Pl. de Pilatos, 1, 41003 Sevilla, Sevilla, Spagna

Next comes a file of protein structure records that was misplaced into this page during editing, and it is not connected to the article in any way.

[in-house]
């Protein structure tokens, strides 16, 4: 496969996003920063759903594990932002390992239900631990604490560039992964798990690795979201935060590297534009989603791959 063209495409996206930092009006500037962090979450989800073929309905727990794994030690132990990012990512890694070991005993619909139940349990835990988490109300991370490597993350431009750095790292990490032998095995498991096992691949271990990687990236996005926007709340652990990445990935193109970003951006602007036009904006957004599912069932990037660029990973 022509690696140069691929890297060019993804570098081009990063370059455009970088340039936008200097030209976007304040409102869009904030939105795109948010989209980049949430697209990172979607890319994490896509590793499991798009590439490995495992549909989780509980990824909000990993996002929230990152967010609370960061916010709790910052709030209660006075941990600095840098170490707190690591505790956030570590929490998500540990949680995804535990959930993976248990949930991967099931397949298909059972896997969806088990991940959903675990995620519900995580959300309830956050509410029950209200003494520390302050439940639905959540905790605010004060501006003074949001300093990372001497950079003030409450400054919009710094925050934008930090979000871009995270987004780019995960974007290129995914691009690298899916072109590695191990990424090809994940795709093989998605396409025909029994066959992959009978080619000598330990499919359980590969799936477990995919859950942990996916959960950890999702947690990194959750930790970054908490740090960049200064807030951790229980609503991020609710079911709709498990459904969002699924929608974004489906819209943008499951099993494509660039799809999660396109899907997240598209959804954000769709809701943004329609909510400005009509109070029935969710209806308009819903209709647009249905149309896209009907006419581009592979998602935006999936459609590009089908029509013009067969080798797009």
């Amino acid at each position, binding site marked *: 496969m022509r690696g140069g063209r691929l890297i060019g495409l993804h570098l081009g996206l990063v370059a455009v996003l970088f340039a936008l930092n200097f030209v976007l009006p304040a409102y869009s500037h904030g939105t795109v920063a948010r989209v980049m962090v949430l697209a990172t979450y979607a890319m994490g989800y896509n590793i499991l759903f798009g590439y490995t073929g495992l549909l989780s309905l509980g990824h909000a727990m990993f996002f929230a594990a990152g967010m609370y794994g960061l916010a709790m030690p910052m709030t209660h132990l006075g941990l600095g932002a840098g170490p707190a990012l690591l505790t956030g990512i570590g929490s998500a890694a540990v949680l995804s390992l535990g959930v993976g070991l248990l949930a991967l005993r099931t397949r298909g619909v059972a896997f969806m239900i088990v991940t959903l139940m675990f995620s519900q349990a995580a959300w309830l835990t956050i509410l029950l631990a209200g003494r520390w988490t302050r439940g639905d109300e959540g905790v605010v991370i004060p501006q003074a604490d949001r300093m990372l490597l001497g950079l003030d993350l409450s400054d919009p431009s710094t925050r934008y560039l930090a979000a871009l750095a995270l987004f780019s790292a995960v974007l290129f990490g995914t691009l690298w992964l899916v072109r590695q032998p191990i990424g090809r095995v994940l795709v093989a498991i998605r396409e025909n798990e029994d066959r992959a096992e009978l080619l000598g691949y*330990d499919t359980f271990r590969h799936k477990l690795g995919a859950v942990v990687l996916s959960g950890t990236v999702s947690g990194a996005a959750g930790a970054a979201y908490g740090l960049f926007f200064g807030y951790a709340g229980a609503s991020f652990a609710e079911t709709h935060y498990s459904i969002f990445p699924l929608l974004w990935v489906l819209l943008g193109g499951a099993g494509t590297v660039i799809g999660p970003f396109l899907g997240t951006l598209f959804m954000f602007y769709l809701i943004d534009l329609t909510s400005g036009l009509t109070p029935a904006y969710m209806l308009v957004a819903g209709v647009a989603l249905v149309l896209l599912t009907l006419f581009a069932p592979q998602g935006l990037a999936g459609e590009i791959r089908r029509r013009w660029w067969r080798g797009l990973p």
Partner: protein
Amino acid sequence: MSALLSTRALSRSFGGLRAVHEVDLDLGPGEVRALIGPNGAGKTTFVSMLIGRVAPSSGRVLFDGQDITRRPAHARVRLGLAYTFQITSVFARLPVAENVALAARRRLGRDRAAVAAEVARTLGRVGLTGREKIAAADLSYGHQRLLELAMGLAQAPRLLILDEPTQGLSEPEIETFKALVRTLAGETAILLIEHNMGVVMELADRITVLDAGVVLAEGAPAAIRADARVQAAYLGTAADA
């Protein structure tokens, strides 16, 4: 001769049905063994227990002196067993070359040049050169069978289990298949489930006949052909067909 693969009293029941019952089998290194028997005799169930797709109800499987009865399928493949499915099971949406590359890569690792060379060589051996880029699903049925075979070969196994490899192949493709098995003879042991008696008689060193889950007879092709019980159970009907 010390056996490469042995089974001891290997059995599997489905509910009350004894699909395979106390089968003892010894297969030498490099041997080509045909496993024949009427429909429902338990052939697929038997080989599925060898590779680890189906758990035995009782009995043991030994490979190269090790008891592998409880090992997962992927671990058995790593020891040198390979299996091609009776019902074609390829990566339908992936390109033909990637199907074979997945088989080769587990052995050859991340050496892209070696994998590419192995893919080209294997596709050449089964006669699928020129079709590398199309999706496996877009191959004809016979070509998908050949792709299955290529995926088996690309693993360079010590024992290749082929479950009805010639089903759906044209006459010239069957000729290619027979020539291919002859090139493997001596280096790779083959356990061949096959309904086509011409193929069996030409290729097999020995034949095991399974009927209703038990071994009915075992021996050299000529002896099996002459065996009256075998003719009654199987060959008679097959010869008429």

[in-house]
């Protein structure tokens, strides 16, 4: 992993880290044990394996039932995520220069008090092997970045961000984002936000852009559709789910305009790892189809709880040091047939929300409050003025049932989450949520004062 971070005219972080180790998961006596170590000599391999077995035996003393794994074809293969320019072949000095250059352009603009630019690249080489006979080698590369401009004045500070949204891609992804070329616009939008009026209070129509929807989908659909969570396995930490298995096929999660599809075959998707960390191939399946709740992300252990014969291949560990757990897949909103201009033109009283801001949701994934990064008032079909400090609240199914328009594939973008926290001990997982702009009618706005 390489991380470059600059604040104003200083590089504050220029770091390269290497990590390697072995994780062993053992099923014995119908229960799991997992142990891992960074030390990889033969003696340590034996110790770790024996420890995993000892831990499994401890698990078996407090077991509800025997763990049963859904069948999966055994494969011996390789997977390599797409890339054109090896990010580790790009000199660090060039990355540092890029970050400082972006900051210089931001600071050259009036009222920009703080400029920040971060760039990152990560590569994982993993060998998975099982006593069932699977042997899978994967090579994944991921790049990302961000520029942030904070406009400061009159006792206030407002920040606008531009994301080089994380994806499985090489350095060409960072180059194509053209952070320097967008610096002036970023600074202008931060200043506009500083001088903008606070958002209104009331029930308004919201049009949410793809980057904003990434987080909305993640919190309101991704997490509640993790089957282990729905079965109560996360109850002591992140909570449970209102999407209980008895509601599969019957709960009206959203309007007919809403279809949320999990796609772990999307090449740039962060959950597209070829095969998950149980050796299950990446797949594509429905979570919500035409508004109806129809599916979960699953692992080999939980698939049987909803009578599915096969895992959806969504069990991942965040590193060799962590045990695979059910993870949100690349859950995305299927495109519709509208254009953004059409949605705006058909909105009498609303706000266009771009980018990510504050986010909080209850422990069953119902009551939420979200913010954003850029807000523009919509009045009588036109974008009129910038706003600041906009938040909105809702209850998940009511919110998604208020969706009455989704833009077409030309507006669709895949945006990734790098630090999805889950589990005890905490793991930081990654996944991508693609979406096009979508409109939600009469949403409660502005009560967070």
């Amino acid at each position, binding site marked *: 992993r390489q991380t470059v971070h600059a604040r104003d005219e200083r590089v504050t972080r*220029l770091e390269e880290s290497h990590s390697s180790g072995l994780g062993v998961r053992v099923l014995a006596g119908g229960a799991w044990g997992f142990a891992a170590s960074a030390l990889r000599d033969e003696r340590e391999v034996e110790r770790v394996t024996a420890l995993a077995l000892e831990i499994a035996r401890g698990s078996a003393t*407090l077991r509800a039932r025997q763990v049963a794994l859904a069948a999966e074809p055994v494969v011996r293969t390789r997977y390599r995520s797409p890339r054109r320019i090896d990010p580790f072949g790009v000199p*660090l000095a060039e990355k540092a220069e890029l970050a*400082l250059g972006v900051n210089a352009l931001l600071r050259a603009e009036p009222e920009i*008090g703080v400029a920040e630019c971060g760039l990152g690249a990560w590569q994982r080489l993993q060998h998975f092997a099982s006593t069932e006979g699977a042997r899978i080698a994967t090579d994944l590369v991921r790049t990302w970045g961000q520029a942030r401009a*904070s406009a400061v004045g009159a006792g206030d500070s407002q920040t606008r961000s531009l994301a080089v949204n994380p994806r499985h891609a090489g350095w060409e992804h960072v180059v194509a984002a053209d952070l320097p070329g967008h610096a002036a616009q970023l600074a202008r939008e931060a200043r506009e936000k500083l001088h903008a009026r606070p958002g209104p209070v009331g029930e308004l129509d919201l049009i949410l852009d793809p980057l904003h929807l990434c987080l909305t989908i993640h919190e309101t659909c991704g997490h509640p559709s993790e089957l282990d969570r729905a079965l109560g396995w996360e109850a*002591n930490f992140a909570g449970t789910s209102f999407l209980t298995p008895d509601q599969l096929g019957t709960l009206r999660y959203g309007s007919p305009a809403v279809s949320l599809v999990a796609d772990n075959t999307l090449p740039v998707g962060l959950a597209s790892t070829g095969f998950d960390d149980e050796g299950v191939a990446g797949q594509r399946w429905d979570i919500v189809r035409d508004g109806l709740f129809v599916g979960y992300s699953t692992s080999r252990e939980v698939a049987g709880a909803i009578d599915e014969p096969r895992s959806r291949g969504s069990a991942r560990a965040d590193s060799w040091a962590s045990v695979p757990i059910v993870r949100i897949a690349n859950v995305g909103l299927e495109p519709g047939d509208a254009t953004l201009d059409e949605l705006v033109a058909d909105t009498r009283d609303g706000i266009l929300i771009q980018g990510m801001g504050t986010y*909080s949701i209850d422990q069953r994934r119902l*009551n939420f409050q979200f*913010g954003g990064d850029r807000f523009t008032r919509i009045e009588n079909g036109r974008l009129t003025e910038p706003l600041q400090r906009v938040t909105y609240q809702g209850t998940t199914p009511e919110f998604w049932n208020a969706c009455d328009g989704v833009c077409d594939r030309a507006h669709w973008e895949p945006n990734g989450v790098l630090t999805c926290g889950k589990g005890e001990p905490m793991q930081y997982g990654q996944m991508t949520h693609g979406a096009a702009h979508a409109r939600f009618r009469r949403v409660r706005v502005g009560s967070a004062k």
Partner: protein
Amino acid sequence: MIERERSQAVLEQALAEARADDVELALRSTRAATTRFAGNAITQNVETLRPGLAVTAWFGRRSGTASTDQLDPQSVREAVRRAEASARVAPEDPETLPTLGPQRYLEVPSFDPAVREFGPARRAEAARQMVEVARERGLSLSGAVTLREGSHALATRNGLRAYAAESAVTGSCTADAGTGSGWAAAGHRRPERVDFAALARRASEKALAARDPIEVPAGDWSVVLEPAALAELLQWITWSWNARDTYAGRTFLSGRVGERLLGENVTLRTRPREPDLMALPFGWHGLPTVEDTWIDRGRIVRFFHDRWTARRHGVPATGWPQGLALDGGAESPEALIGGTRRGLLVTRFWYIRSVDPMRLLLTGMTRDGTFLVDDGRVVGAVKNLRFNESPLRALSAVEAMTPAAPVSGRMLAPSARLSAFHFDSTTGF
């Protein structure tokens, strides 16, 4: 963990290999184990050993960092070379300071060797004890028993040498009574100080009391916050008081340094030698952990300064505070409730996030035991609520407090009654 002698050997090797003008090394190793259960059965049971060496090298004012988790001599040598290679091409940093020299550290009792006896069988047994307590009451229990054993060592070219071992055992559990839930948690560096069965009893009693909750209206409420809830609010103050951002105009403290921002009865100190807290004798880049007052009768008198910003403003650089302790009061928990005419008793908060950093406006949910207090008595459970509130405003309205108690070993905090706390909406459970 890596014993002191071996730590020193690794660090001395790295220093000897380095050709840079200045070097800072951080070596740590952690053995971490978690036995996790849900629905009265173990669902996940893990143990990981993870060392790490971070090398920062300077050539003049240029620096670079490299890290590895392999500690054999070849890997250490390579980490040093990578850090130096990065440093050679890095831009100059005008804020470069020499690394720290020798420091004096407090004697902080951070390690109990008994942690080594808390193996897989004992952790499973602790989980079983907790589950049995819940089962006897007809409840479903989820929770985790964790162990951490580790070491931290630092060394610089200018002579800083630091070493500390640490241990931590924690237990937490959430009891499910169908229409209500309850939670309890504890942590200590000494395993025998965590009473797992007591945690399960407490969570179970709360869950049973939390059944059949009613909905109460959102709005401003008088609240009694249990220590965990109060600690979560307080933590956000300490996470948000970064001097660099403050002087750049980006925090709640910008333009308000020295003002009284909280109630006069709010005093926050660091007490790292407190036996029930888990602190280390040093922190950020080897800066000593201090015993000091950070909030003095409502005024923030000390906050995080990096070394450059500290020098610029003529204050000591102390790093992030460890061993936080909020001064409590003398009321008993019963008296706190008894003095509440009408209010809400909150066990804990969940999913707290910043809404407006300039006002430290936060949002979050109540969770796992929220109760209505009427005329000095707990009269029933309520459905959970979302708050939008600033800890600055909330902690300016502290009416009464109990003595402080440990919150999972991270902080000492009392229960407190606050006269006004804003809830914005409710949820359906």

In 1520, Don Fadrique Enríquez de Rivera, the first Marquis of Tarifa, returned from a two year long trip through Europe to the Holy Land. His encounters with the marvelous Renaissance architecture in cities like Rome, Venice and Florence made such an impression on him that he decided to drastically alter his residence and turn it into a Renaissance style palace. His palace became a showcase for Renaissance architecture and his ideas had a large impact on the architectural scene in Seville. Intriguingly, the royal palace of the Dukes of Medinaceli is commonly known as the House of Pilate. The name can be traced back to the first Marquis of Tarifa, who, on his trip to Jerusalem discovered that the distance from his house to a small temple at Cruz del Campo was exactly the same as the distance between the former house of Pontius Pilate and the Golgotha (the biblical name of the place where Jesus was crucified). Back at home, the Marquis created a Way of the Cross with twelve stops along the path to the temple. Hence people started to identify the palace with the House of Pilate and over time it became referred to as such. Several rooms of the palace also have been given names referring to Pontius Pilate such as the Praetor's Room and the Praetor's Study. The most famous part of the palace is the central courtyard, known as the Patio Principal. Construction of the courtyard started in the late fifteenth century. Its current appearance dates back to the sixteenth century, after Don Fadrique's trip through Europe. Influenced by the Renaissance architecture he had seen on his trip to Italy, he transformed the courtyard by creating balconies, adding classical columns and placing a marble Genoan fountain at its center. The four impressive Roman and Greek statues in each corner of the Patio Principal were added in 1539. Around the same time busts were places in niches all around the courtyard. The intricate decorations on the walls are Mudejar in style while the balconies have beautiful Gothic balustrades. The palace has two garden, simply known as large and small garden. The large garden, originally an orchard, is lined with Italianesque loggias. Inside the loggias are niches with classical statues. You can also find a small grotto in a corner of the garden. The small garden has a pond with a fountain depicting a young Bacchus. The interior is splendid with detailed Mudejar decorations on the walls throughout. Some of the rooms, such as the Praetor's Room and Praetor's Study have elaborately decorated coffered ceilings. A staircase, considered one of the most magnificent in all of Seville, connects the ground floor with the upper floor where you can find several furnitured rooms with pieces from the art collection of the Medinaceli.